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Bringing home cooking to the missile complex

Airman 1st Class Victoria Camargo, 341st Force Support Squadron missile chef, prepares food at a missile alert facility Oct. 18, 2019, near Malmstrom Air Force Base, Montana.

Airman 1st Class Victoria Camargo, 341st Force Support Squadron missile chef, prepares food at a missile alert facility Oct. 18, 2019, near Malmstrom Air Force Base, Montana. As a missile chef, Camargo is responsible for providing nutrition to Airmen at the MAF. (U.S. Air Force photo by Airman 1st Class Jacob M. Thompson)

Airman 1st Class Victoria Camargo, 341st Force Support Squadron missile chef, walks toward her living quarters at a missile alert facility Oct. 18, 2019, near Malmstrom Air Force Base, Montana.

Airman 1st Class Victoria Camargo, 341st Force Support Squadron missile chef, walks toward her living quarters at a missile alert facility Oct. 18, 2019, near Malmstrom Air Force Base, Montana. Missile chefs can live at the MAF for upward of six days at a time. (U.S. Air Force photo by Airman 1st Class Jacob M. Thompson)

MALMSTROM AIR FORCE BASE, Mont. --

Across Malmstrom’s 13,800 square-mile missile complex, hundreds of Airmen head to missile alert facilities and launch facilities every week to ensure the continued success of the wing’s mission.

While being away from home for days at a time, missile chefs provide missile field Airmen with a home-cooked meal.

Airman 1st Class Victoria Camargo, 341st Force Support Squadron missile chef, is one of many missile chefs providing defenders, missileers and maintainers with nutrition away from home.

“As a missile chef, I provide nutrition to the personnel at the MAF and also serve as a morale officer,” said Camargo. “We make sure we are serving the right portions of food and that everything on the menu is available.”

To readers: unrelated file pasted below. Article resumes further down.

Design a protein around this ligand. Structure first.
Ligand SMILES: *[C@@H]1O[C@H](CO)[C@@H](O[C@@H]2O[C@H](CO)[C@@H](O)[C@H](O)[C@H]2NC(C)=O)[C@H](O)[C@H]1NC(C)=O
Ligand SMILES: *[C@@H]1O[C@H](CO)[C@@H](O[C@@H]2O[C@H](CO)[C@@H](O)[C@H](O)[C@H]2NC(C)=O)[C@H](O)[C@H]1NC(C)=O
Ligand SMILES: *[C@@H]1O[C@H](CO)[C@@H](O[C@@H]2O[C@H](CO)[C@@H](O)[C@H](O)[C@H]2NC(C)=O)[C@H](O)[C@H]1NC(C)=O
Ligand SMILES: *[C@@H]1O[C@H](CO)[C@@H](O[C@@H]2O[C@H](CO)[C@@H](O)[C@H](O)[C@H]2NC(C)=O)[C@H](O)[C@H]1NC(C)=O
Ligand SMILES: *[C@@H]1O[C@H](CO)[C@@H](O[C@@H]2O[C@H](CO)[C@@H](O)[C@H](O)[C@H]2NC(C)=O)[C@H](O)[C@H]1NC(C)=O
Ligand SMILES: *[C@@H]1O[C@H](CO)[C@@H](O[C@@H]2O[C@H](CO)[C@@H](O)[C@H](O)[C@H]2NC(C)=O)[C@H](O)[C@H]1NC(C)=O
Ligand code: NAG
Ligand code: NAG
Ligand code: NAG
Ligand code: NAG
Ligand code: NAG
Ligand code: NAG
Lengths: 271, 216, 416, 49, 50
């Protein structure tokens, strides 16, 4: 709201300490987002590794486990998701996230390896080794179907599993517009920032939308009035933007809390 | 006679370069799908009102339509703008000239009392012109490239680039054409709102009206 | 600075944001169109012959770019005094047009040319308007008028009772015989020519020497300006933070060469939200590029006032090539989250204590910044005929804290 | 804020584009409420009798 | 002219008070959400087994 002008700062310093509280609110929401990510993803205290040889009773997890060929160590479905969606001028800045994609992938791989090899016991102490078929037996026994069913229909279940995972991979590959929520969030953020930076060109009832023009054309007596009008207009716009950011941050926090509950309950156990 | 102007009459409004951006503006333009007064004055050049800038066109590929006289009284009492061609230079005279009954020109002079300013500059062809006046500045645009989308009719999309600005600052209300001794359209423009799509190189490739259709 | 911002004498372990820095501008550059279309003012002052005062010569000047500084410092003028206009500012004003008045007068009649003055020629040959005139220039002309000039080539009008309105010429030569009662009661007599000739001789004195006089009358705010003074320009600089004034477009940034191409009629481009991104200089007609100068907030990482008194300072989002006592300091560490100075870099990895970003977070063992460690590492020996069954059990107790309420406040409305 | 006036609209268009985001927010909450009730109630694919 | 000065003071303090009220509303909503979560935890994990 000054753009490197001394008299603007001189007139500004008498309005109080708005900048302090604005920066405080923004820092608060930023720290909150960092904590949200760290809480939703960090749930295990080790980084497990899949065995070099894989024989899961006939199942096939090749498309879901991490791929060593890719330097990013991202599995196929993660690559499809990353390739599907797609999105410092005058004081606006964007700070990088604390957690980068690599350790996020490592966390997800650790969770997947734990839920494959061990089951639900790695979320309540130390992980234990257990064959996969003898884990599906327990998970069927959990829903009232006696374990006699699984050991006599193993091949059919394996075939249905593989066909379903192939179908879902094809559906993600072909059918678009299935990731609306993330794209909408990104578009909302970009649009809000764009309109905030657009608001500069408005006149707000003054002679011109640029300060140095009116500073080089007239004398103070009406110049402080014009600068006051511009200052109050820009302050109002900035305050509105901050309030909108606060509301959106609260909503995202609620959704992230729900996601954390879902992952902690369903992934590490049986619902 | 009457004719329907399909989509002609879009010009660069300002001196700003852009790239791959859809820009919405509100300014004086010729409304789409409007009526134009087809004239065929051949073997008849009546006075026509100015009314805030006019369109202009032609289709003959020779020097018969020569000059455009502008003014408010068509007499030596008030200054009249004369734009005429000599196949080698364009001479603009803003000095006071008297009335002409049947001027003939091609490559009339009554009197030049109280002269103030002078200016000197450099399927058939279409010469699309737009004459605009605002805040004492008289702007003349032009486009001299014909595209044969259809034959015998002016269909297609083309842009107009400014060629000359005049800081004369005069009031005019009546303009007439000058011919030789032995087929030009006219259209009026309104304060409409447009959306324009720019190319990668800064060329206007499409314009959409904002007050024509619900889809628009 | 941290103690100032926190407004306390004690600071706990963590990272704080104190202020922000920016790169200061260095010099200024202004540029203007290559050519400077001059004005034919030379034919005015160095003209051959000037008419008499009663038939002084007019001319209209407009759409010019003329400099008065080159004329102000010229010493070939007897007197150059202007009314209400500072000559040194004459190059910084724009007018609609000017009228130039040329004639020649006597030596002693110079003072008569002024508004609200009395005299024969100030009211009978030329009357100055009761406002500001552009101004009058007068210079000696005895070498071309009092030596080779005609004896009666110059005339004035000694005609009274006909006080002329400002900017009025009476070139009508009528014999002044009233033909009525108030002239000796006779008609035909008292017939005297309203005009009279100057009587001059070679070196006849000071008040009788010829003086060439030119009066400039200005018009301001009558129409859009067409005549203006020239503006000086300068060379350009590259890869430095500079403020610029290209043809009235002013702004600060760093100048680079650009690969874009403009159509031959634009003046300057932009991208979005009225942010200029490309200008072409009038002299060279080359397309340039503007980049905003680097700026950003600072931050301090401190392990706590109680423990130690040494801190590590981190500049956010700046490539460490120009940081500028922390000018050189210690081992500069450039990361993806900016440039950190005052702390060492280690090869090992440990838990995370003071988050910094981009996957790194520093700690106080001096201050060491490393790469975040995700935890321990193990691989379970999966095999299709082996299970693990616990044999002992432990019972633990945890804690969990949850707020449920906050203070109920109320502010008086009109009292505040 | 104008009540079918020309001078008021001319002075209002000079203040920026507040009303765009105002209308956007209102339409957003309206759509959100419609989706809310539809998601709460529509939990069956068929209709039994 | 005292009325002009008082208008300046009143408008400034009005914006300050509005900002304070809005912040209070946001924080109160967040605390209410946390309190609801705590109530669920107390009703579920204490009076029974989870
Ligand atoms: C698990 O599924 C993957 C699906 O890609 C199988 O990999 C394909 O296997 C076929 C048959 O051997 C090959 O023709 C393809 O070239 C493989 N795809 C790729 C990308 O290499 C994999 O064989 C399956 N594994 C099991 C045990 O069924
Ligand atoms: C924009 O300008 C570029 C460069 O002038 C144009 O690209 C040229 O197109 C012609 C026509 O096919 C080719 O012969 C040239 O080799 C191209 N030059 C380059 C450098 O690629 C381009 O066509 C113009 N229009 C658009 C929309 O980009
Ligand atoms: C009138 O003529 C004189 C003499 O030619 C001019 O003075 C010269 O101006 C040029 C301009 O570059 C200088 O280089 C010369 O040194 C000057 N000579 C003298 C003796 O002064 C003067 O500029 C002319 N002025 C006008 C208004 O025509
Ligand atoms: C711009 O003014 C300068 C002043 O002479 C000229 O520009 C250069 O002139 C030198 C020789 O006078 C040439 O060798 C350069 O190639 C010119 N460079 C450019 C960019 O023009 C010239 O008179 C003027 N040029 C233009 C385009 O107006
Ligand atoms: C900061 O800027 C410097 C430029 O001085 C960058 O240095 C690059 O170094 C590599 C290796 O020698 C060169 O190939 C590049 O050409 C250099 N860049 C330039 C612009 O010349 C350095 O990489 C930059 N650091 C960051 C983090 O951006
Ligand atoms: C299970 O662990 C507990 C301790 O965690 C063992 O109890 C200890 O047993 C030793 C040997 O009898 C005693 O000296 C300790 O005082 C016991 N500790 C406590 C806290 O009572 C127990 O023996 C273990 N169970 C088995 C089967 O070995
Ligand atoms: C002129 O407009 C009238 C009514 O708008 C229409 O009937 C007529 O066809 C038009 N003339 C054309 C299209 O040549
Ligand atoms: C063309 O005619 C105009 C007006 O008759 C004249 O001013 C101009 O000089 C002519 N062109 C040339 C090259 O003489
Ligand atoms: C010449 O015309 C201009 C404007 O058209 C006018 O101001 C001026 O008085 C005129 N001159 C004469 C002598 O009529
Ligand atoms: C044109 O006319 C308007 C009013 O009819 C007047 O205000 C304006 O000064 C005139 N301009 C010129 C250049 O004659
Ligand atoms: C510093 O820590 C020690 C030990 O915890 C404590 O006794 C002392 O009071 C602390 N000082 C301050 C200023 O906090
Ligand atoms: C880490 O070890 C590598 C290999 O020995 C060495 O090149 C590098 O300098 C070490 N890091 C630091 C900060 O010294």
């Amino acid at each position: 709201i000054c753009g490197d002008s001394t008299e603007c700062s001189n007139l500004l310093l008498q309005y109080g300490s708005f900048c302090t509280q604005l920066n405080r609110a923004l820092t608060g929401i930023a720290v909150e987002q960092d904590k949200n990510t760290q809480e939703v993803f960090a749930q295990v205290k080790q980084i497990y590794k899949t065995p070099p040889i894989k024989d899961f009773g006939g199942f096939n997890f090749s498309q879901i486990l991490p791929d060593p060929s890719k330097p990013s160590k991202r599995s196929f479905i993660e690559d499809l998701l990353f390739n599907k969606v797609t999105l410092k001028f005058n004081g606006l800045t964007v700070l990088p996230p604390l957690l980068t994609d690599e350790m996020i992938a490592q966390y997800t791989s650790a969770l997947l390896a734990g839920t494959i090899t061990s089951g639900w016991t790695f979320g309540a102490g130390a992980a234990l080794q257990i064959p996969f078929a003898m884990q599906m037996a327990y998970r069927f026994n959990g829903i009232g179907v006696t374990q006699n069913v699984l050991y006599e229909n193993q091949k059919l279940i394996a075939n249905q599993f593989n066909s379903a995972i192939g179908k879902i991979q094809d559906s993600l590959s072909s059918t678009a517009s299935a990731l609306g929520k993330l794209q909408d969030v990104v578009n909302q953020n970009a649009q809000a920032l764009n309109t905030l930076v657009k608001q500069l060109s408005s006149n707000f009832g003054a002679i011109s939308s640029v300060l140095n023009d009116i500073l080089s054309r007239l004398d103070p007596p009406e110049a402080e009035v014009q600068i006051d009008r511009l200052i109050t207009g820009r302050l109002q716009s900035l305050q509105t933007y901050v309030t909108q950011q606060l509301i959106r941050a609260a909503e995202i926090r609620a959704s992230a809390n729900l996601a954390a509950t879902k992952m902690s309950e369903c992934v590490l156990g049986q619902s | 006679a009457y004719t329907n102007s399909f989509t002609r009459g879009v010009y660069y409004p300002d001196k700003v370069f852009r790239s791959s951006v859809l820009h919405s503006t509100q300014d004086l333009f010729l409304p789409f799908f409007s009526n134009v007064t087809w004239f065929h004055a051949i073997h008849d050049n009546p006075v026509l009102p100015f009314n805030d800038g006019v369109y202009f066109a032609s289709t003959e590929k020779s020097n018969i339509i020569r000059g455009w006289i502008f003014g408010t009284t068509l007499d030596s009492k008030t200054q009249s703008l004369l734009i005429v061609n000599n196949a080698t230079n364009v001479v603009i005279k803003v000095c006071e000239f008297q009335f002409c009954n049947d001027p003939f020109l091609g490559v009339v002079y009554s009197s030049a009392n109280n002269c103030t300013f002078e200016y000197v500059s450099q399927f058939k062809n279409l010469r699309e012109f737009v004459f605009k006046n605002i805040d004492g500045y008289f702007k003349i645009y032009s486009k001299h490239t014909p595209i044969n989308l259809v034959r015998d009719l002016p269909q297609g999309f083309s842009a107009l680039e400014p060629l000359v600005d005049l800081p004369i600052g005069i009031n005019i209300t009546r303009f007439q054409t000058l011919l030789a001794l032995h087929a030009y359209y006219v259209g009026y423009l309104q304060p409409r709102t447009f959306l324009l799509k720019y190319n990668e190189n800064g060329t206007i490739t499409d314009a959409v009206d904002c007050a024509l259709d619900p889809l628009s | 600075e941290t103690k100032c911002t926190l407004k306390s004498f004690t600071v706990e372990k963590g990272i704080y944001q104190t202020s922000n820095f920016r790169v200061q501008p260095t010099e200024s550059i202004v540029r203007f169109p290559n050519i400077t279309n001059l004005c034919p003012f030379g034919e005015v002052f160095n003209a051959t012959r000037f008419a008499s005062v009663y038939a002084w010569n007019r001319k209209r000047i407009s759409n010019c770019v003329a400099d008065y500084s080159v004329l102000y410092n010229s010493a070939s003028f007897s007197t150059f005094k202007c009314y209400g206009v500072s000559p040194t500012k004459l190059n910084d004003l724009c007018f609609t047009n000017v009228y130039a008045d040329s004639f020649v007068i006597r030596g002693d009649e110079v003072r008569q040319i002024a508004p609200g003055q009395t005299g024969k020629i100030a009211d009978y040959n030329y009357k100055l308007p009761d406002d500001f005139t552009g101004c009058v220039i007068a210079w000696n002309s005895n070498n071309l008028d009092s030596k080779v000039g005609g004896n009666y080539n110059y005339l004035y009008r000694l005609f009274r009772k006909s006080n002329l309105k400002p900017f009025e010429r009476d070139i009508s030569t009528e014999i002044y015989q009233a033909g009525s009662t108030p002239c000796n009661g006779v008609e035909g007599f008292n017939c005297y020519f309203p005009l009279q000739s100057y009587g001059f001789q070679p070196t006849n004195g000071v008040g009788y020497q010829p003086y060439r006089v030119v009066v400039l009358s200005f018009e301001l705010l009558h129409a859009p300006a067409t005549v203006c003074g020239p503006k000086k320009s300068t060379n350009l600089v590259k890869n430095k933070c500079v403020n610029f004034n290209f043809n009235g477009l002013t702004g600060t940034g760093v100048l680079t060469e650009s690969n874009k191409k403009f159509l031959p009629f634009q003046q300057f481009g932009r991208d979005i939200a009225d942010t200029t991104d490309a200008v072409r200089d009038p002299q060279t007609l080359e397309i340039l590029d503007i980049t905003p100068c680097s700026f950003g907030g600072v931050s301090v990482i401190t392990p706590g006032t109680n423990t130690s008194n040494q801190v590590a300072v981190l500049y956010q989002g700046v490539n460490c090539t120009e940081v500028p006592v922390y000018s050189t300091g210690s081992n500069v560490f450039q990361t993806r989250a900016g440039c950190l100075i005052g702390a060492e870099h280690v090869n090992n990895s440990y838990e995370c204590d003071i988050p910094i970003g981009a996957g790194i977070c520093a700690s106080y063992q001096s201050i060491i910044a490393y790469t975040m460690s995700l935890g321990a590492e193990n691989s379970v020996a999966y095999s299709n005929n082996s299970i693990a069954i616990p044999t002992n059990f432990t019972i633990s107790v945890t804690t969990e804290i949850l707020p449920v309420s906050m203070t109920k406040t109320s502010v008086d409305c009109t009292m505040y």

Prior to leaving for a MAF, missile chefs have a few tasks to accomplish base-side.

“Before we head out to a MAF, we call the chef there to ask if they need any money, supplies, food or anything else,” said Camargo. “We then head over to the central distribution section with the missileers.”

The CDS is responsible for preparing all food and supplies at MAFs, as well as serving as an accountant for the missile chefs.

According to Camargo, after changing over with the previous missile chef at the MAF, day-to-day operations are fairly routine.

“Breakfast starts at six in the morning, so we have to be up early to start prepping the food,” said Camargo. “We prep around 10 meals per meal period, so about 30 meals total per day.”

Missile chefs serve anyone who is at a MAF, to include security forces, missileers, facility managers, maintainers, government contractors and civilians.

“Our main priority is to serve the security forces, missileers and facility managers,” said Camargo. “We also have missile maintenance, contractors and other visitors who visit the MAF, so we are always ready to serve them, too.”

While keeping Airmen properly fed is important, a missile chef’s impact goes far beyond providing sustenance.

“Chefs are important to our mission by keeping morale and a positive experience,” said 1st Lt. Daniel Hanel, 12th Missile Squadron combat crew commander. “Chefs bring us comfort, knowing they are here to provide us food.”

In between meal periods, missile chefs have free time, which presents an opportunity to attend college courses, relax and meet new people.

“We have time to go to school, workout and just relax,” said Camargo. “We also get to meet a lot of new people and make new friends.”